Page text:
Emily Dickinson Poetry
???An individuals interaction with others and the world around them can enrich of limit their experience of belonging???
Indeed an individuals interaction with others and the world around can enrich or limit ones experience of belonging. Emily Dickinson is a prime example of this as her interaction with the natural world enriched her sense of connection, her interconnection with others ultimately limited her ability to belong and resultant of this she removes herself from society in striving to attain an alternative sense of belonging in nature. Likewise, Corrine Hoffman in ???The White Masai??? detaches herself from western civilisation in moving to Africa to be with her husband enabling her to enrich her experience of connectedness. In the film ???The Final Days??? the protagonist Sophie, through the interaction with the others around her, comes to the awareness that it limits her experience of belonging as she has a greater understanding of her societys observable truths. Overall, these texts exemplify the idea that ones interaction with others and the world around them can simultaneously enrich and or limit their experience of belonging.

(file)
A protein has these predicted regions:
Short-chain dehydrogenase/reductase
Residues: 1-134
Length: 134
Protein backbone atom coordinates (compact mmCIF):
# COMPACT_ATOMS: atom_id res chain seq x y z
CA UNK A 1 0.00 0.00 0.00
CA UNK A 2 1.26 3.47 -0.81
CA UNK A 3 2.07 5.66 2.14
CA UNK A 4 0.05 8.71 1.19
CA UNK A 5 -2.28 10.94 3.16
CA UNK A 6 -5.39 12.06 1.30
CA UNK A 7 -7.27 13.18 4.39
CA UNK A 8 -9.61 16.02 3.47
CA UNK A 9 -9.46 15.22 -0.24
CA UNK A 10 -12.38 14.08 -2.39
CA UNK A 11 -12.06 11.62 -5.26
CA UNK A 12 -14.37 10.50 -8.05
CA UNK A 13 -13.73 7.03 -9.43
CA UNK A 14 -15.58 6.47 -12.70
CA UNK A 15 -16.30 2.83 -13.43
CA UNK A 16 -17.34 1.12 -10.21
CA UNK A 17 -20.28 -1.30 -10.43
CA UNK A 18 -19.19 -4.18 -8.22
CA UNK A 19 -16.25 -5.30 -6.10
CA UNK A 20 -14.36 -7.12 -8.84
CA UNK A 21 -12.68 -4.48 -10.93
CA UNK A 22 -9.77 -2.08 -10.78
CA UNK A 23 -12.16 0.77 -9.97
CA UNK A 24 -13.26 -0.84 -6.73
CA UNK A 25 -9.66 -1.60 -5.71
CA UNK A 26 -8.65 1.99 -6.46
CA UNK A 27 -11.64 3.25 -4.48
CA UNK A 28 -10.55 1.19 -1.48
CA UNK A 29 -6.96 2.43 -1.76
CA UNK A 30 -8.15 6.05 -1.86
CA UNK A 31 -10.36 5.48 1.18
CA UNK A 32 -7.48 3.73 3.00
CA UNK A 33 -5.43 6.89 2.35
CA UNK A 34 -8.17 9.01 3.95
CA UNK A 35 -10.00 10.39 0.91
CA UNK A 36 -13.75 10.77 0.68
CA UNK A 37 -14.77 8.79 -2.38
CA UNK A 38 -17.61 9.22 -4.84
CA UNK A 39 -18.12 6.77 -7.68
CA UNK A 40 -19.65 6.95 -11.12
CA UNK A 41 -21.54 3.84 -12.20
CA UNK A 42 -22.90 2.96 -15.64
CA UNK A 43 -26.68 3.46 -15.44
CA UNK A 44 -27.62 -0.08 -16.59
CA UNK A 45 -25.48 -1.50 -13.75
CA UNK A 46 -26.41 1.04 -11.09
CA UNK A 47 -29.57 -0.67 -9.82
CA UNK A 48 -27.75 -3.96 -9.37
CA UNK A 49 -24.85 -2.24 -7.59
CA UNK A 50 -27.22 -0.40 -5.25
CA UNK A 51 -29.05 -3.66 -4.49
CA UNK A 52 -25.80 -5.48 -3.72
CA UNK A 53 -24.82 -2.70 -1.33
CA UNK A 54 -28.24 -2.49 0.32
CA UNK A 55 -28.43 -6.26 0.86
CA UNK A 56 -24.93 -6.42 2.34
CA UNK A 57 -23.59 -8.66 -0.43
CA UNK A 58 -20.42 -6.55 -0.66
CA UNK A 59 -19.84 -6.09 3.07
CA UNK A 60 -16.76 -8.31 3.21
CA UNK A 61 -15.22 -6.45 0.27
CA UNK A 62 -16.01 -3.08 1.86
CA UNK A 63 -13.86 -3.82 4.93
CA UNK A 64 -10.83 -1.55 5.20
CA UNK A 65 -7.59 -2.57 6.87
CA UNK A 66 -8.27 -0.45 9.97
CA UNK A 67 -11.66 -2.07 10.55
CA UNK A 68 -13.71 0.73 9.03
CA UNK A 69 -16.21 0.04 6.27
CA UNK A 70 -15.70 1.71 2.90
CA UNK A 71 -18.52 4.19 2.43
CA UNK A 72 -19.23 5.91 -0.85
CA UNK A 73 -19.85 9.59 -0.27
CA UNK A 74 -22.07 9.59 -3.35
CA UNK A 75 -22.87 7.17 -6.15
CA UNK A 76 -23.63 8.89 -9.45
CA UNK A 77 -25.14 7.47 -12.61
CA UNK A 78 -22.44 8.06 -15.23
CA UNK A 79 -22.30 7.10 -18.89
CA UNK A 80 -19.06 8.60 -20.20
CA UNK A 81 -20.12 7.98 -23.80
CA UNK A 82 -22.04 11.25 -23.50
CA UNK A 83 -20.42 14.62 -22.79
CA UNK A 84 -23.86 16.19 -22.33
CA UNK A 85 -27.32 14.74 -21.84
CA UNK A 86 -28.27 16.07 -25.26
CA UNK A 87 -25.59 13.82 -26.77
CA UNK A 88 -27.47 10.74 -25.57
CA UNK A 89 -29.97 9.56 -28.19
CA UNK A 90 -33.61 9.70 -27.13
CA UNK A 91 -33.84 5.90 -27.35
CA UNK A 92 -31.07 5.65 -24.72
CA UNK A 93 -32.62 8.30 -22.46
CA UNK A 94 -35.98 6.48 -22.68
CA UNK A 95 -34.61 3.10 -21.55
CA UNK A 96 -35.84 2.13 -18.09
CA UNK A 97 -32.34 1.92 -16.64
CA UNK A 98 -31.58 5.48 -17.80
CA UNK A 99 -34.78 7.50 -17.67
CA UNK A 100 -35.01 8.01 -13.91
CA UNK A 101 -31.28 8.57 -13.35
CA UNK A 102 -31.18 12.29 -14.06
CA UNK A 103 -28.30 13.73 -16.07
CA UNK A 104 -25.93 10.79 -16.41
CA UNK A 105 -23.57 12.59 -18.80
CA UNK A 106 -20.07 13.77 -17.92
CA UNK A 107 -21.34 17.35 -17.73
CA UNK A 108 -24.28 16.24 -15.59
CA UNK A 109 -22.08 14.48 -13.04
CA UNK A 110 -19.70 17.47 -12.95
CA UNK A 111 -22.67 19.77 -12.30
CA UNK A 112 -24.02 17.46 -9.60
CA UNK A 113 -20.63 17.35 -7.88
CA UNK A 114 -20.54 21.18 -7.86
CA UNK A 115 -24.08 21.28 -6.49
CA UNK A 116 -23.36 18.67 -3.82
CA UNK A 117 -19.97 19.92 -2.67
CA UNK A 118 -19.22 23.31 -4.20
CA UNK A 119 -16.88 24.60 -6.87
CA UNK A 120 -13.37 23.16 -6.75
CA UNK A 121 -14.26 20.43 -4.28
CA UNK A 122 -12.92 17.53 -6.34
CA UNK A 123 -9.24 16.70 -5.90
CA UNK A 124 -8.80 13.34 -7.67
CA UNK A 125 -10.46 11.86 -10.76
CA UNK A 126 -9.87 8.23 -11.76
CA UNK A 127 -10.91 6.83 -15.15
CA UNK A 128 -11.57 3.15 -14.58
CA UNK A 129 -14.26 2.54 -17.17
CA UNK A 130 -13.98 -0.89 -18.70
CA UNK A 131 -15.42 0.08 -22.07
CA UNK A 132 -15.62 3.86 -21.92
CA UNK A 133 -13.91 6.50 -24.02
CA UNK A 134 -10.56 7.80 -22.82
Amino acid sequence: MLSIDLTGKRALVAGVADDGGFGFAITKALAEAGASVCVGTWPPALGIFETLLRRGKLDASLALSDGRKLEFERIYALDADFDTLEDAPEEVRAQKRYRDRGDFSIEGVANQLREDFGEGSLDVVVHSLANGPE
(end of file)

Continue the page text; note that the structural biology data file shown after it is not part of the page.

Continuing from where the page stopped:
Interaction with a society that contradicts ones morals and values can evidently limit ones experience of belonging. Sophie, within ???The Final Days??? is interpreted as a threat to the Nazi legacy during world war two which places her as an outside within her country amongst her own people. Sophies, like that of Dickinsons ability to question the observable truths within her society places her in direct opposition to her peoples government. Sophie??™s interaction with her society in expressing her individual ideas about the injustice circulating throughout the country has ironically limited her connection with others around her being found most evident where she is presented with the ultimatum to deny her beliefs or die for them. The high angle shot of Sophie situated in the middle of a jail cell for rejecting the opportunity to deny her beliefs highlights her confinement of which she has been placed in consequent of her interaction with her society through means of expressing her opinion. Like wise, Dickinsons capability to facilitate her self removal from society resultant of their apparent rejection of her controversial character is reflected in that of Sophie in ???The Final Days and Dickinsons own poetic work. This idea is imitated within ???This is my letter to the world??? where Dickinson incorporates metonomy to connect or correspond with society through the communication device of letters. Dickinson utilises this letter as a conduit to interact with her society but claims that despite her efforts to interact, society refused to return the favour; ???That never wrote to me.??? Ultimately, Dickinson and Sophies negative experience of interaction with the world has initiated their removal eventuating to their ability to recognise their views that places them in a century before their time. Ultimately, both Sophie and Dickinsons attempted interaction with their society has restricted their experience of belonging, however their experience of belonging is alternatively facilitated through the idea of death.